Ten Leaders Who Will Shape the Future of the SBC in 2010
As the President of the Southern Baptist Convention, Hunt has given birth to an expansive vision of renewal for the SBC in that he has been a vocal proponent of a Great Commission Resurgence. He appointed a task force to study the Convention’s structure. Occasionally criticized for his lack of support of the Cooperative Program as a mega-church pastor, he has consistently challenged state conventions regarding the amount of money retained in their states, rather than directing greater percentages to the SBC’s mission boards and other entities.
Akin has been one of the driving forces behind the Great Commission Resurgence. A lightening rod for many, Akin has maintained that unless the SBC changes, there will be no future as young leaders will no longer desire to continue to support the Convention’s agencies, mission boards and institutions. He has been criticized for hosting a collegiate conference with Mark Driscoll, pastor of Mars Hill Church in Seattle, Wash. Akin and SEBTS continue to affirm the inerrancy of Holy Scripture, expositional preaching, and evangelism.
One of the few writing theologians of the Southern Baptist Convention, Dockery has often played the role of diplomat and peacemaker within the Convention. Widely known as a leading authority on Southern Baptist history and polity, he maintains wide associations both in and out of SBC life. Under his leadership, Union University has grown to be recognized as a leading international university, where the integration of Christian faith and learning is a reality. He has recruited top faculty to the campus and has maintained that while the church should remain primary as the agent of the Great Commission, key partnerships at every level of SBC life should remain vital to advance domestic and international mission efforts.
4. Tim Keller – Senior Minister, Redeemer Presbyterian Church, New York City
Though a Presbyterian minister, Keller’s books and sermons are widely quoted by leading SBC pastors and theologians. Soon after planting Redeemer, Keller intentionally sought to establish key outreach efforts to the city of New York as well as equip the church to minister to New Yorkers. His model has become the focus of many church planting efforts within the Southern Baptist Convention. His book, The Prodigal God, remains recommended reading by many SBC pastors.
Hankins is recognized as one of the most academically inclined and widely read leaders of state convention Executive Director-Treasurers. Co-author of One Sacred Effort, a book about the history and organization of the Cooperative Program, he remains a vocal supporter of the Southern Baptist Convention as it stands today. In his presentation before the Great Commission Resurgence Task Force, he stated that the future of the SBC rested on the support of the Cooperative Program as defined by the current convention structure.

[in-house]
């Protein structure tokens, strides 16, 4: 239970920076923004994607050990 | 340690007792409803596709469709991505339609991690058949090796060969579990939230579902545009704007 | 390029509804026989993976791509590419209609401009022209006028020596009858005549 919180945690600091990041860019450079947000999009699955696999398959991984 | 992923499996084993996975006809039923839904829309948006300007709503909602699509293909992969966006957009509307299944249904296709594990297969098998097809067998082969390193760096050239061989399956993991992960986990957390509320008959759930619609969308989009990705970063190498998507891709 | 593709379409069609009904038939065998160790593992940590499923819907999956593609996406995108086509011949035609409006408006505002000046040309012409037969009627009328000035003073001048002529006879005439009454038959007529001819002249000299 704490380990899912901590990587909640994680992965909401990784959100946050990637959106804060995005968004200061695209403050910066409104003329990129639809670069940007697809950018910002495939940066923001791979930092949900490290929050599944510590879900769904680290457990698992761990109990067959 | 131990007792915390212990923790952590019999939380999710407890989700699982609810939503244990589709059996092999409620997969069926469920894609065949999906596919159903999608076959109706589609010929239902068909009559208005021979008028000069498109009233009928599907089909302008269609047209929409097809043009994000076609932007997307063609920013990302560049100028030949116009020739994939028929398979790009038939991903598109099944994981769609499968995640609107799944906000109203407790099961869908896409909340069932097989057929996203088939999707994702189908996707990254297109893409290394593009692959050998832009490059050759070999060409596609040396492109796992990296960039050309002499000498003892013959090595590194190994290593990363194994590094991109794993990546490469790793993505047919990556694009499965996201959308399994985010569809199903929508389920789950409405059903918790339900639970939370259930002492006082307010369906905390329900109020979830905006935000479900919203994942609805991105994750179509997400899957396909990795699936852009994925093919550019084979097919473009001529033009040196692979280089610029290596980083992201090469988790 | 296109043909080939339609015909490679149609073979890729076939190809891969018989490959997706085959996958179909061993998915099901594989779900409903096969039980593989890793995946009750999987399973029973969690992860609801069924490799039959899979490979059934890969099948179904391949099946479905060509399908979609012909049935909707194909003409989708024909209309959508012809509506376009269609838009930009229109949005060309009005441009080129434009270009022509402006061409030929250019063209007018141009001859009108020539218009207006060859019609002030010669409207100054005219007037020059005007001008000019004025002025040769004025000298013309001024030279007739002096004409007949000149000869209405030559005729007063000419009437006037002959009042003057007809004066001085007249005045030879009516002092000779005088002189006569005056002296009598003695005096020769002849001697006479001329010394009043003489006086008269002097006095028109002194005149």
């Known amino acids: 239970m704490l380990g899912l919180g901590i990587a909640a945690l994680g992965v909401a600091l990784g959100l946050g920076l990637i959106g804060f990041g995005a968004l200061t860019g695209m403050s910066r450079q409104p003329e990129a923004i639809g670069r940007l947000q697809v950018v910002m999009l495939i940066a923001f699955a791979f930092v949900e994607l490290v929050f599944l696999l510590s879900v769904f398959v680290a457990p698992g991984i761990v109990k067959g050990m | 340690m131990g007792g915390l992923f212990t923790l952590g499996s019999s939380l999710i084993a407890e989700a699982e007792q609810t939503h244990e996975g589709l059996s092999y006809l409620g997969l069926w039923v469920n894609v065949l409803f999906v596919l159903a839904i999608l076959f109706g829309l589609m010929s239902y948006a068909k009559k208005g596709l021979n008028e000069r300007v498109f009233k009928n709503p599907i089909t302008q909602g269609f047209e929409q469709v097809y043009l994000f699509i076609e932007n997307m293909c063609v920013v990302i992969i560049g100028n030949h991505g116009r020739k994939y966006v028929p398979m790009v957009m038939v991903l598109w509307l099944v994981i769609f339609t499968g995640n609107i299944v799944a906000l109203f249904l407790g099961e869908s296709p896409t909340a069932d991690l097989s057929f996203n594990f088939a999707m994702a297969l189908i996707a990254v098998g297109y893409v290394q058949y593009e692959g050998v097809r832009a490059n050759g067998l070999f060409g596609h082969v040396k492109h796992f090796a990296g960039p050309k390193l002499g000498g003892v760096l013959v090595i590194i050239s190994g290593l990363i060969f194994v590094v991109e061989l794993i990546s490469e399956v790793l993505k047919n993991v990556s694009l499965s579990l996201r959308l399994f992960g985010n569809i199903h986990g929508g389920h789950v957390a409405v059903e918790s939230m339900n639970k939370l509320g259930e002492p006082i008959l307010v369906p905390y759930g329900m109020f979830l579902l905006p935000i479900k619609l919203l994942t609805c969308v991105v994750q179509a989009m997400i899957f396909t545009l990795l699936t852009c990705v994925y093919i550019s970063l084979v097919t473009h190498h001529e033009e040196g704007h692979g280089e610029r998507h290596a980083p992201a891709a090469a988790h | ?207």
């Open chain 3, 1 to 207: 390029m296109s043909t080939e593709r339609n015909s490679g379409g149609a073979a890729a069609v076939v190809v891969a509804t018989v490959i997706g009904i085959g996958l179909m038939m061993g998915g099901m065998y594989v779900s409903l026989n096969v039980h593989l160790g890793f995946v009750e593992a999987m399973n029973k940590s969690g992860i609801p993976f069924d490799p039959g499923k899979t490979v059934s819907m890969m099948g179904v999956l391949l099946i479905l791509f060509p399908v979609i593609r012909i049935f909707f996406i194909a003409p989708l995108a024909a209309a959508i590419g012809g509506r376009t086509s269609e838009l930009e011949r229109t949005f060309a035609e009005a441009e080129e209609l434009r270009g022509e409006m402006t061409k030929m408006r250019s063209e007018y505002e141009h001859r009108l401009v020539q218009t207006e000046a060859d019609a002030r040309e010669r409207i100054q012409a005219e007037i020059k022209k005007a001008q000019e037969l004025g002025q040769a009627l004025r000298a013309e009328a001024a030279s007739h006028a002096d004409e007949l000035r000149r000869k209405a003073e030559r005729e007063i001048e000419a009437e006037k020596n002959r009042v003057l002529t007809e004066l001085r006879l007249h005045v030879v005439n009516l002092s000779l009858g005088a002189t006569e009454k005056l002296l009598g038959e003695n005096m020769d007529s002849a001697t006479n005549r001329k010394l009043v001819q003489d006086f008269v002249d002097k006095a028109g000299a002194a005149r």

Since his father’s death, Falwell has led the church toward a renewed focus on the Gospel, resulting in the baptism of hundreds of young people and the dynamic growth of Liberty University. Falwell often serves as a model for young pastors who see him as an example of the way churches can mobilize its ministry for evangelism—particularly among college students.
When the Together for the Gospel conference attracted more than 5,000 participants in 2008 (many of whom were young Southern Baptists), Dever gained national attention for his vision of pastoral training and ministry. Nine Marks Ministries, which he launched out of his church, identifies key indicators of health for local congregations. He is widely seen as an example for young pastors. Large numbers attended his Nine Marks at Nine events at the recent Southern Baptist Convention in Louisville, where he dialogued with pastors and theologians about the biblical manner to discharge local church ministry.
Stetzer is a ubiquitous presence in the Southern Baptist Convention. Seen by many as a prophetic voice for the SBC, he has drawn criticism from some who see him as out to re-shape the Convention in ways which could dismantle existing structures. A prolific author, he has been the voice of young pastors who were dissatisfied with the way Southern Baptist life was drifting. Notable for his famous one-line quotes such as “When I attend the Southern Baptist Convention, I feel young and thin.”
Recognized by many as one of the leading theologians in the SBC, Mohler’s media outreach is expansive. He writes a daily blog, hosts a daily radio show, and has authored numerous books which serve as a cultural critique from a Christian worldview. His recent Presidential Forum compared the Southern Baptist Convention to the General Motors Corporation.
Though Driscoll did not attend the recent meeting of the Southern Baptist Convention in Louisville, he was mentioned more times from the floor of the Convention than perhaps some who were there. While he has been criticized for his public view on the use of alcohol and his former use of profanity in the pulpit, he remains a strong influence on hundreds of pastors through his vast media outlets. The Acts 29 Church Planting Network also operates under his leadership. Many Southern Baptist church planters are now affiliated with the Acts 29 Network.